Sparkling wine elevates breakfast to a little something special

Keri-Gallagher-owner-of-Cest-La-Vie-showing-off-the-Provence-an-elegant-mimosa-made-with-a-Spanish-Cava-and-lavender.jpg

Keri Gallagher, owner of C'est La Vie, showing off the Provence, an elegant mimosa made with a Spanish Cava and lavender Wine with breakfast? Maybe not every day but there are times when the occasion calls for a little something special.

At C’est La Vie in Battle Ground, owner Keri Gallagher serves up her passion for mimosas along with some satisfying sweet and savory morning fare. Invoking creativity and planning, her ideas can be brought home to elevate a weekend brunch with close friends.

Gallagher, who holds the Diploma in Wine & Spirits from the Wine and Spirits Education Trust (WSET) and worked as a sommelier in the Maldives, fell in love with crêpes and mimosas during her time spent in New Zealand and Australia.

“It’s the best way to start your day,” Gallagher said of mimosas. “I’ve been a really big fan of sparkling wines. They’re my favorite.”

She explained that French Cremants and Spanish Cavas are excellent sparkling wine choices to create the perfect mimosa with. The secret lies in the second fermentation process. Cremant d’Alsace and Cavas undergo theirs in the bottle, resulting in smaller bubbles that last longer in the glass and hold up to juices and syrups whereas tank-fermented Italian Proseccos have larger bubbles that go flat more quickly. For a local option, Gallagher suggested Washington State’s Domaine Ste. Michelle Freixenet.

Armed with a quality bottle, it’s time to add some originality. For a traditional mimosa, Gallagher encourages fresh-squeezed orange juice whenever possible. At C’est La Vie elderflower, black currant and peach grace the menu, proving there’s a mimosa out there for every taste.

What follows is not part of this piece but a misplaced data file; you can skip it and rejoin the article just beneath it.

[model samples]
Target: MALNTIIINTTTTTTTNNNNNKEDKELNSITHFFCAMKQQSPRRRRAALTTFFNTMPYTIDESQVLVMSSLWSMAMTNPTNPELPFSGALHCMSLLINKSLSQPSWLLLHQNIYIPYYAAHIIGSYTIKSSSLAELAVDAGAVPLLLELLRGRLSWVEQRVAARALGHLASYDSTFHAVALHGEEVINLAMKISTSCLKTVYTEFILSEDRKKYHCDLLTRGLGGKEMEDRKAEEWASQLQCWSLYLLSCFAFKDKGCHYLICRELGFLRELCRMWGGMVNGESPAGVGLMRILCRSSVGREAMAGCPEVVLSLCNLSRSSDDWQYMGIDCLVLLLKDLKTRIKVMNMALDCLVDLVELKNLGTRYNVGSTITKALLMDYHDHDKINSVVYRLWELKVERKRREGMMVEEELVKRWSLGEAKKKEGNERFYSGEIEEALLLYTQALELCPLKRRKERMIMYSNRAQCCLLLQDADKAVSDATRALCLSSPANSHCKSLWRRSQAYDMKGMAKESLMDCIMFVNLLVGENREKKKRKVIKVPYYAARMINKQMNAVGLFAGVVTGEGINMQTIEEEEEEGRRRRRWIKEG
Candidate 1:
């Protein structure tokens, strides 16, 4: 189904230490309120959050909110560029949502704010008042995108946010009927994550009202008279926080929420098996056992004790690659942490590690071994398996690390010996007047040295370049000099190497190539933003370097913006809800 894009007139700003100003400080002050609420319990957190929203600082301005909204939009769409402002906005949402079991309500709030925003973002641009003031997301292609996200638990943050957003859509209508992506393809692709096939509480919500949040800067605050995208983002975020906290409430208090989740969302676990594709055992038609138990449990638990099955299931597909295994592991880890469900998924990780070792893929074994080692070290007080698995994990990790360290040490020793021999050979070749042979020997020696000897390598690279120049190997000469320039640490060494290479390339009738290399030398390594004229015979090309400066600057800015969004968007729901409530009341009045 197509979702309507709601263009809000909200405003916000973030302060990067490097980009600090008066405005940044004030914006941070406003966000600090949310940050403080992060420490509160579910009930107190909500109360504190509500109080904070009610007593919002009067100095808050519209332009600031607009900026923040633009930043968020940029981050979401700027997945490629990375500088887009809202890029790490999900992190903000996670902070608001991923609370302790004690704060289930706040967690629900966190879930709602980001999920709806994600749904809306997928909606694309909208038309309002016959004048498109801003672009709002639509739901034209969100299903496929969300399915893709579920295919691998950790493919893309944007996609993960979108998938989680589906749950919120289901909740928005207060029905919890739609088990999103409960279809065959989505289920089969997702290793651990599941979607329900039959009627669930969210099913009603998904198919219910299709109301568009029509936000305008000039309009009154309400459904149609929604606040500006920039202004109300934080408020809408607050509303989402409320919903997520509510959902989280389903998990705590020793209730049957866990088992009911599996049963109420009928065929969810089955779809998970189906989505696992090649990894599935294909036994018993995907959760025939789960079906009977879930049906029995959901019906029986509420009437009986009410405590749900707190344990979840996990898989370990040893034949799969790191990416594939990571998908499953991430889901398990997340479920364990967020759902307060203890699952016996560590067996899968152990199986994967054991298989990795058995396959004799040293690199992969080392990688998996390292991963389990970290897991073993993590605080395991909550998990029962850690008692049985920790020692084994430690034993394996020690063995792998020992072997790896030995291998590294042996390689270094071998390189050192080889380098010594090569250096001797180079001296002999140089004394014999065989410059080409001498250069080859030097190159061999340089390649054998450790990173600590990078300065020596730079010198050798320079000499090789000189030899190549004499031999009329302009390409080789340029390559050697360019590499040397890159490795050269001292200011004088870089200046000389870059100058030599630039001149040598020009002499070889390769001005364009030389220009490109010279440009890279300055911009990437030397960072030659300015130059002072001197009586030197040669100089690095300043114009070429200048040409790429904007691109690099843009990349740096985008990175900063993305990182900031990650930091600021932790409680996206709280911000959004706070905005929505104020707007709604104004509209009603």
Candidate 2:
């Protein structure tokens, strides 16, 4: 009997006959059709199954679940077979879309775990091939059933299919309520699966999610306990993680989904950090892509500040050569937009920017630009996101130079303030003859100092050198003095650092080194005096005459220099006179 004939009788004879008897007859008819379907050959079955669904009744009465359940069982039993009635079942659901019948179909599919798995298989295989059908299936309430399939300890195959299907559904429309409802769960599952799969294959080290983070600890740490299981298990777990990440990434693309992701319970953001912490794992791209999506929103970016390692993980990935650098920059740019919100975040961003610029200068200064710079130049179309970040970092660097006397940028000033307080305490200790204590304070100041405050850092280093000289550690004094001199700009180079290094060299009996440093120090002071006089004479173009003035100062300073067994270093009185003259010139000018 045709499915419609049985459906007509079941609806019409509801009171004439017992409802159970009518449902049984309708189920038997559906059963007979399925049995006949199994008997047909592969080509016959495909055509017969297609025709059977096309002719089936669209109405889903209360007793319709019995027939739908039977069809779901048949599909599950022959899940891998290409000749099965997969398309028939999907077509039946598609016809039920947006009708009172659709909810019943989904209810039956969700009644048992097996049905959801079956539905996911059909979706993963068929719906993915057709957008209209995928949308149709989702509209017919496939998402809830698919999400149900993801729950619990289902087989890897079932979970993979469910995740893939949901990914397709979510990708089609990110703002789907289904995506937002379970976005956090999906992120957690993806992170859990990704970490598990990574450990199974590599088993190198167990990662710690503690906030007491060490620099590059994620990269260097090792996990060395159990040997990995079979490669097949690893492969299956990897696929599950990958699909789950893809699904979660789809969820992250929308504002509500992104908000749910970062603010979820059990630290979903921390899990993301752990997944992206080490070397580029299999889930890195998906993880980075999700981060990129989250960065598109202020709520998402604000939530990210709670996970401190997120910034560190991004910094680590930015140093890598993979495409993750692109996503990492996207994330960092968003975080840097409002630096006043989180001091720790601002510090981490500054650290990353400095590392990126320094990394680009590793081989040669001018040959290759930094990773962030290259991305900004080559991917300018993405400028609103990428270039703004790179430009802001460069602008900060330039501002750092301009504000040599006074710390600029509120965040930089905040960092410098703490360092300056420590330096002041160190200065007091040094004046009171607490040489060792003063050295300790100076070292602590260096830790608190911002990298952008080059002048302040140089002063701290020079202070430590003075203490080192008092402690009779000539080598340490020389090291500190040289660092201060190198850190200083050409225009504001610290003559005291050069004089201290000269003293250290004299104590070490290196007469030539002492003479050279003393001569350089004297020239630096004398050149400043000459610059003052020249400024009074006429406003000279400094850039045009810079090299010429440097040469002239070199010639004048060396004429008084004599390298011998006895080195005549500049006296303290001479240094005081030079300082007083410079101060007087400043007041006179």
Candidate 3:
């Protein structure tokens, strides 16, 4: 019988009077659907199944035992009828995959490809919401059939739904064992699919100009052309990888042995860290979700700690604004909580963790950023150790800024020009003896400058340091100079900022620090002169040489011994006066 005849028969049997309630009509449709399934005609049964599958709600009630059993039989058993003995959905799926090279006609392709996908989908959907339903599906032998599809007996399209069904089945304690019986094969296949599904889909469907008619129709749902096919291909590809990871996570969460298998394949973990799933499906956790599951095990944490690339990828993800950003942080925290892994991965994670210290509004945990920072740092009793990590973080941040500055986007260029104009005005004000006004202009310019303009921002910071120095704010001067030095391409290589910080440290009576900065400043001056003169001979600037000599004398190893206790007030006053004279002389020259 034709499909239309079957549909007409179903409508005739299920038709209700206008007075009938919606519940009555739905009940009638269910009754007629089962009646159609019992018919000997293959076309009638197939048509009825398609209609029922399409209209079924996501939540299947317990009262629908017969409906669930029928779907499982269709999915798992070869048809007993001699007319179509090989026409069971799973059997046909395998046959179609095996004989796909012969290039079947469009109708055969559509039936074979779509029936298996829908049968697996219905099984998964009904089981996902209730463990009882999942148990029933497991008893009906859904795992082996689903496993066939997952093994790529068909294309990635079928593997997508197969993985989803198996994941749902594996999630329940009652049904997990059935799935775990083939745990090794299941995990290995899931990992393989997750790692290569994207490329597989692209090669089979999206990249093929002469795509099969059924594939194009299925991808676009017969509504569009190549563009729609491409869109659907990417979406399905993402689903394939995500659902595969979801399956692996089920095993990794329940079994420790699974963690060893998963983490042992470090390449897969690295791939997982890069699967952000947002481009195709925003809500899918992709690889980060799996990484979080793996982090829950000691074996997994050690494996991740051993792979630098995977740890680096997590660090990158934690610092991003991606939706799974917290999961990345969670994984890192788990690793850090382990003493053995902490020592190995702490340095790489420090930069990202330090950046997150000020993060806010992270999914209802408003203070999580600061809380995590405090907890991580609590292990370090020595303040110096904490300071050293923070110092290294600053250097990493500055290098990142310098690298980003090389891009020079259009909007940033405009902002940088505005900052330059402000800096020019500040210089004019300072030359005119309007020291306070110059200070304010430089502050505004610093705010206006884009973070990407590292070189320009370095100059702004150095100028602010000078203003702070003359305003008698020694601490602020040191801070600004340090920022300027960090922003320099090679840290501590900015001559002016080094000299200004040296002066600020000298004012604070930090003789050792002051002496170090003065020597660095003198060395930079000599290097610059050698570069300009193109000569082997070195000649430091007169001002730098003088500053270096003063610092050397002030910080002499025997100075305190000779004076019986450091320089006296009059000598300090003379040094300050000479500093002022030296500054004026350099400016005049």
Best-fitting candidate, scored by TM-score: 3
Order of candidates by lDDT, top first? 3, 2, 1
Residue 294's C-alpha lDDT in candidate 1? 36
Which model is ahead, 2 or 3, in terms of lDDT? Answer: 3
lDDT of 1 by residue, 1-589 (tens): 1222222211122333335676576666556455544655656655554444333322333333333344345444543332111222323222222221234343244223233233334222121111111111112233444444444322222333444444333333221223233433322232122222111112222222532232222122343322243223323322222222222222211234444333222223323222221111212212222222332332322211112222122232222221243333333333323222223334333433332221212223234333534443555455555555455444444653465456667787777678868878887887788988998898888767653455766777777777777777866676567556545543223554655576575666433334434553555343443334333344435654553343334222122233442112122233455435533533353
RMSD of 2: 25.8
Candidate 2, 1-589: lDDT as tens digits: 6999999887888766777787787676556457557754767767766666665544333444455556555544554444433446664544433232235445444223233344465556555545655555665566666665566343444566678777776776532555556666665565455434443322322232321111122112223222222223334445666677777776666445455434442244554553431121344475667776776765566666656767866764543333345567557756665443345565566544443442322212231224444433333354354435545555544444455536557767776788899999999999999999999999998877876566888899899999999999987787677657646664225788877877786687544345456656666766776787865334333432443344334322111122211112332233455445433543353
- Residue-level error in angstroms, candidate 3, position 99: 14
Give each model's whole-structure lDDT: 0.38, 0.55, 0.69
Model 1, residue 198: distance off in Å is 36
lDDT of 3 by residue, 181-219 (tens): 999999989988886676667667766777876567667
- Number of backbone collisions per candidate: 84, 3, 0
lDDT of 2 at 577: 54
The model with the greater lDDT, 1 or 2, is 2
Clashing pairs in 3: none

Back in Australia, Gallagher enjoyed mimosas with wild hibiscus flowers that sunk to the bottom creating a “boozy fruit leather ‘cuz it’s been sitting in the bubbles” that she now features and this idea can be adopted to enjoy at home, as well. Her most popular is the Provence flavored with lavender. The lavender hue is a beautiful presentation and the taste is elegant, lightly floral and just screams bridal shower or brunch on the coast with friends.

According to Gallagher, her Figgy Piggy crêpe made of fig jam, goat cheese, prosciutto and arugula and Croque Madame, a traditional French breakfast sandwich comprised of ham, cheese and egg, pair particularly well with mimosas. At home, a Cremant garnished with hibiscus flowers would hold up nicely to a mushroom and cheese omelet or try a Cava with peach syrup served with sourdough French toast dusted with powdered sugar.

Who says there’s no place for wine at the breakfast table? With some fresh ideas, it could take weekend brunch from tired to inspired.

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